As pressure on President Obama to bomb Syria over its alleged use of chemical weapons ramps up, it is worth revisiting parts of a post I did last June in response to a similar push by the Clintons. It should be remembered that Israel has already bombed Syria a few times, to little apparent effect.
… Obama has also been getting substantial pressure from the French and British to do something, and French intelligence has been the most vigorous in pressing the case that the Baath regime in Syria crossed the red line of chemical weapons use. France and Britain have longstanding imperial interests in the Levant, and both fear that the Syrian civil war could produce terrorism that spills over onto Western Europe. Unstated is that it may also produce a refugee crisis in which tens or hundreds of thousands of new immigrants wash up on European soil. Immigrants and terrorism are two key issues in French and British politics, and may be spurring them to action.
Likewise, the Baath and Hizbullah counter-attacks against the opposition in the past two months have yielded battlefield victories and the reassertion of Damascus over parts of the country that had been lost. Russian support appears to have increased in kind and quality, and Iran is playing the Shiite card. If someone doesn’t intervene soon on the rebel side, Washington hawks realize, the war might soon be over and the pro-Iranian regime will survive (just as Algeria’s did).
Obama seems to be attempting to find a face-saving way of getting a little involved but not too much, by sending light weaponry (which of course is not what the rebels need). [and now by a few strategic strikes from the air.]
[Bill] Clinton compared what the US could do in Syria to Ronald Reagan’s effort against the Soviets in Afghanistan in the 1980s. But that covert operation of giving billions of dollars and high-tech weaponry to Afghan jihadis was a huge catastrophe, contributing to the creation and rise of al-Qaeda and setting the background for the emergence of the Taliban. It surely would have been far preferable to let the Soviets try to build a socialist state in Afghanistan, as they tried in Uzbekistan. The whole thing would have fallen apart in 1991 anyway. (There is no truth to the notion that the Afghanistan war bled the Soviet Union or contributed to its collapse. Soviet military spending was flat in the 1980s). The Reagan jihad destabilized both Afghanistan and Pakistan and left us with a long term terrorism problem. We let the Soviets alone in Kazakhstan, and we never worry about today’s Kazakhstan.
You never, ever want to encourage the rise of private militias and flood a country with high- powered weaponry.
[This week the NYT was told that a model for bombing Syria could be found in the 1990s ] bombing of Serbian forces in the Balkans to protect the Bosnians.
But the situation in Syria is not like that in the Balkans, in these ways:
– Syria has stockpiles of chemical weapons, the exact position of which is unknown; indiscriminate bombing raids on Syrian military facilities could release those chemicals on civilian populations. [That is, responding to use of chemical weapons with indiscriminate bombing could inadvertently become a deployment of ... chemical weapons!]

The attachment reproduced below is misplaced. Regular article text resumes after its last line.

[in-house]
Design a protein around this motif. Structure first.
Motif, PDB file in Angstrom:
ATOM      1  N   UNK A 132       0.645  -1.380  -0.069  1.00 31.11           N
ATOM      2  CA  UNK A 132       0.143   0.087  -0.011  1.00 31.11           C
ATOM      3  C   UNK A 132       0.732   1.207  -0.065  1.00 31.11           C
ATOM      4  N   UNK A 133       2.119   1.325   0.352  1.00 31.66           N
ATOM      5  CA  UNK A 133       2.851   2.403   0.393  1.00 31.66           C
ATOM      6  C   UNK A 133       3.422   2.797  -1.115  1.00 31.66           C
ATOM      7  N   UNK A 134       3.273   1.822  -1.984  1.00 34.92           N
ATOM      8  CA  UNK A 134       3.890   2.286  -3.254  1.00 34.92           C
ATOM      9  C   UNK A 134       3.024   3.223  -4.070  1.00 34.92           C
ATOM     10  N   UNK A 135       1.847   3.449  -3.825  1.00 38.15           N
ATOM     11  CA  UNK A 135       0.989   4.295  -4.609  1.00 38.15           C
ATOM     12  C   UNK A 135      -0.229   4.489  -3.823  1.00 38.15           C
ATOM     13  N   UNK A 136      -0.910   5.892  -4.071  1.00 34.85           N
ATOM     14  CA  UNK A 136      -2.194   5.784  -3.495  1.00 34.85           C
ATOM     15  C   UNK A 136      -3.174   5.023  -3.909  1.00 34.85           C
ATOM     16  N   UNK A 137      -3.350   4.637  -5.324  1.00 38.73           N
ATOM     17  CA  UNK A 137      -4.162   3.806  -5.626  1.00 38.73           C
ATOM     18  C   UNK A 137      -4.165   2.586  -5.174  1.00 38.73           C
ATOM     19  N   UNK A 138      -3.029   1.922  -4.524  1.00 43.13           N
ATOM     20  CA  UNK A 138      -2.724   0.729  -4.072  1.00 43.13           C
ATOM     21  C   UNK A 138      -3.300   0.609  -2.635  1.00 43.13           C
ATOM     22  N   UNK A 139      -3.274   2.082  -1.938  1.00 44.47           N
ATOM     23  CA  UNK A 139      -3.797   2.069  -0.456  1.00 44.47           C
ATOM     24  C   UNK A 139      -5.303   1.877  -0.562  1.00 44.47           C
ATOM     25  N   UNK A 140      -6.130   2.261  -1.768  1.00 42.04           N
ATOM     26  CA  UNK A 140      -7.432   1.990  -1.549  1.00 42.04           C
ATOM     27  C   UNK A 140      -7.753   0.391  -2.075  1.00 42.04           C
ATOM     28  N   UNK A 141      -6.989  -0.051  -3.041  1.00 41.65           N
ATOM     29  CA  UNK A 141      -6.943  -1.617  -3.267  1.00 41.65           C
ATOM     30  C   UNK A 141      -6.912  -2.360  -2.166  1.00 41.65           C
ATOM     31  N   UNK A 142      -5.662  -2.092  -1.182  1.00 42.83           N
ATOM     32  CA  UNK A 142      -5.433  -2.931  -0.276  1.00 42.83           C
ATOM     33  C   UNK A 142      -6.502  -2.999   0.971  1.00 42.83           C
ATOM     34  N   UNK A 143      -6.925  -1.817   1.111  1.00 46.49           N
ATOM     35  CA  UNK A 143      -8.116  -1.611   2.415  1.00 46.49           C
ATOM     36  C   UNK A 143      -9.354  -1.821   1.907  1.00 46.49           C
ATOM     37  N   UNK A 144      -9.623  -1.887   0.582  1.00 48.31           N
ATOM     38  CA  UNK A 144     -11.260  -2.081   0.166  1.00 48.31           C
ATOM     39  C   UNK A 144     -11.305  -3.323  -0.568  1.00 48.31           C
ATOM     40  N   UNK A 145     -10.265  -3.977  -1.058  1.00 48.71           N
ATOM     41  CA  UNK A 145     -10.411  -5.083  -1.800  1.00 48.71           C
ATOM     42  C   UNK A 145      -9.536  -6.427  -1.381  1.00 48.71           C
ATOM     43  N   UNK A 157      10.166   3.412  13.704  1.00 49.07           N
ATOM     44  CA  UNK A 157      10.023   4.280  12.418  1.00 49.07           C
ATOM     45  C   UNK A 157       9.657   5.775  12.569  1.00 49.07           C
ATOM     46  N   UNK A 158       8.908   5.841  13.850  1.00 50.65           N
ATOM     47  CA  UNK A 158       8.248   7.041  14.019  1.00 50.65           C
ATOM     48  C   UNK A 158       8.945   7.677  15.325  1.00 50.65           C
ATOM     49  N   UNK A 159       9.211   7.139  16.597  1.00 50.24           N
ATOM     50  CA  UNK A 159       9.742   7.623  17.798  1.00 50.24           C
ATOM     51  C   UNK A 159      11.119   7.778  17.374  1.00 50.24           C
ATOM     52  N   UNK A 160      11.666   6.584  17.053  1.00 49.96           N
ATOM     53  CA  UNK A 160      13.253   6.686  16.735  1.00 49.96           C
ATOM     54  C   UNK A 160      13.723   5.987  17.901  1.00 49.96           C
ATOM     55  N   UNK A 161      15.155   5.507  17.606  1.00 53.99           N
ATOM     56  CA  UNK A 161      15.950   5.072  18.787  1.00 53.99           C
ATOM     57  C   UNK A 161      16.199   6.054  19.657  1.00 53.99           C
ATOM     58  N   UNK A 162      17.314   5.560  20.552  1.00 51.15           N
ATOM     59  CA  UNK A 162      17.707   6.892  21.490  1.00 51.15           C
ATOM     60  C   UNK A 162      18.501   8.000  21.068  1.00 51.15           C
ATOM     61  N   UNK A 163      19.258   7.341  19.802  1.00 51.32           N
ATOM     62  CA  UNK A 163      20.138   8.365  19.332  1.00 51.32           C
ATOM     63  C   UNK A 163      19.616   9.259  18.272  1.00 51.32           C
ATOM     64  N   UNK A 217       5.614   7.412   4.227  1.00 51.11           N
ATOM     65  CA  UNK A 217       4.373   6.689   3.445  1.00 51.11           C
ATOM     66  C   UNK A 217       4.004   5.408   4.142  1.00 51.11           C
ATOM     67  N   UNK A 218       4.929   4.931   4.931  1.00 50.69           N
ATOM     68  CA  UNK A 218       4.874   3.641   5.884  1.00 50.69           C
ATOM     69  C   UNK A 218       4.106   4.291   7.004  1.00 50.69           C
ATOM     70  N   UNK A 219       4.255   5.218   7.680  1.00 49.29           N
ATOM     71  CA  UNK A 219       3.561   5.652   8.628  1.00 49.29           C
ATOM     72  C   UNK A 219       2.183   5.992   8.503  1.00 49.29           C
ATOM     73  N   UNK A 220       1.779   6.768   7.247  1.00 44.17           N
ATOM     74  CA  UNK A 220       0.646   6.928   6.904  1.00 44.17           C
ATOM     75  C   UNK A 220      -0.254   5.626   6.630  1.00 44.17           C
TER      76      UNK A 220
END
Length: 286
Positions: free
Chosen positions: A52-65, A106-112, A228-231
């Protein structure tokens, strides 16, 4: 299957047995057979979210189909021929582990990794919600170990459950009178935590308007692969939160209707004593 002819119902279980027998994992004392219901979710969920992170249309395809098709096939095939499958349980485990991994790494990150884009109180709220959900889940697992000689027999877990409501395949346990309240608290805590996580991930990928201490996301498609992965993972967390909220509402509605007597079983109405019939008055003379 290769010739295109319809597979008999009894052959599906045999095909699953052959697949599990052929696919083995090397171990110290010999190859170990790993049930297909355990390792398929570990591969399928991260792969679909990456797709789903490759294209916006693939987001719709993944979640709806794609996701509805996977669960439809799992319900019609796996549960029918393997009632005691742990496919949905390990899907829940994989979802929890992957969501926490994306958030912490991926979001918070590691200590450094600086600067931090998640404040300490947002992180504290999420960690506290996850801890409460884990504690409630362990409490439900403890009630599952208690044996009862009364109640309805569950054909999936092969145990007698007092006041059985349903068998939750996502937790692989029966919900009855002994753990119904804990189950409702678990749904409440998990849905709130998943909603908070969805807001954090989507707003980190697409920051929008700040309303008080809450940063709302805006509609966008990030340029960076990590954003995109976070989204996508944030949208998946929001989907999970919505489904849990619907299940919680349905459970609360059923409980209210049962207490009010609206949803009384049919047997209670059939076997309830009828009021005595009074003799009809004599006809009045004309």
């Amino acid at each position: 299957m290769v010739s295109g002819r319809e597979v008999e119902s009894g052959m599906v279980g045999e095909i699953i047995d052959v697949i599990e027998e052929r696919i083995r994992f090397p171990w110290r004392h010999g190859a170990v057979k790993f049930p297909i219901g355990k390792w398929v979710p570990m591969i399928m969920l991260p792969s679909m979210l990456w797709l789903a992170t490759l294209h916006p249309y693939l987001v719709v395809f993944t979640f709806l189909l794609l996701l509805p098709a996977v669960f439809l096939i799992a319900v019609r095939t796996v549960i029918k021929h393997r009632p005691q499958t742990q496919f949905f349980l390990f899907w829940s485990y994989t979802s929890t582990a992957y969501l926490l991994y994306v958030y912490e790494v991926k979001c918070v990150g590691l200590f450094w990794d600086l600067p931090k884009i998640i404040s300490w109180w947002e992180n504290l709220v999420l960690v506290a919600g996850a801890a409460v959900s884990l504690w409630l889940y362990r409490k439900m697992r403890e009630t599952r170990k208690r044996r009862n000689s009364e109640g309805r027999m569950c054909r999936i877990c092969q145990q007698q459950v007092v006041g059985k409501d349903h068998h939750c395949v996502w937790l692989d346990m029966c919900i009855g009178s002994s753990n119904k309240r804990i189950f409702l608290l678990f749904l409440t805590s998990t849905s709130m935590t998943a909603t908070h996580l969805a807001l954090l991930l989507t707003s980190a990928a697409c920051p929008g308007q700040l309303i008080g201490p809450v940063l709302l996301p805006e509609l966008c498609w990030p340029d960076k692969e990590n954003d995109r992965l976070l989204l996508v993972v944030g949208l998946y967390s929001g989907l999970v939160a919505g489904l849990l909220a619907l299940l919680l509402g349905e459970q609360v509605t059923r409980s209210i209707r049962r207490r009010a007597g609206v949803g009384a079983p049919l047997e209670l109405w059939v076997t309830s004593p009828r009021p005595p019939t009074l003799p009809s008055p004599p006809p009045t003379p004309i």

– Unlike in Bosnia, this is not a war by an outside force like the Serbs of ethnic cleansing against a neighbor, but rather it is a civil war. The Alawis, Christians and secular-minded Sunnis in Syria are afraid of the rebel forces and either support or are neutral toward the Syrian government; together they may well come to half the country. That isn’t exactly a mandate for outside intervention.
– Syria’s tanks and artillery are inside cities such as Homs and Damascus, and couldn’t be destroyed from the air without risking hitting civilian apartment buildings. If you want to see a war go bad real quickly, just kill dozens of innocent civilians in their own home from the air.
– The backing for the regime of Russia and Iran makes this more like Vietnam, where the Russians and Chinese supported the Viet Cong, than like the Balkans in the early 1990s when the Russians were weak and supine.
– Flooding Syria with medium or heavy weaponry could destabilize it and its neighbors, including Israel & Palestine, for decades, as the CIA did to Afghanistan and Pakistan. Often in the past, US intelligence actually urged locals involved in covert wars to grow and peddle drugs to get money for weapons, creating long-term problems of narco-terrorism, which still plague Afghanistan and Pakistan.
– The prominence of the Nusra Front and other hard liners affiliated to al-Qaeda in the opposition ranks means the US could end up arming terrorists and helping them take over a whole country.
Given the logistical and tactical difficulties of intervening from the air, and given the lack of a UNSC resolution authorizing the use of force, Obama … encouraging the [ opposition] to create a long-term civil resistance instead of going the militarization route. Some struggles have to be fought over a couple of decades, and those typically only succeed if non-violent. [Tunisia's use of nonviolence and its elites' resort to bargaining and compromise are the success story, not the more violent struggles in the region.]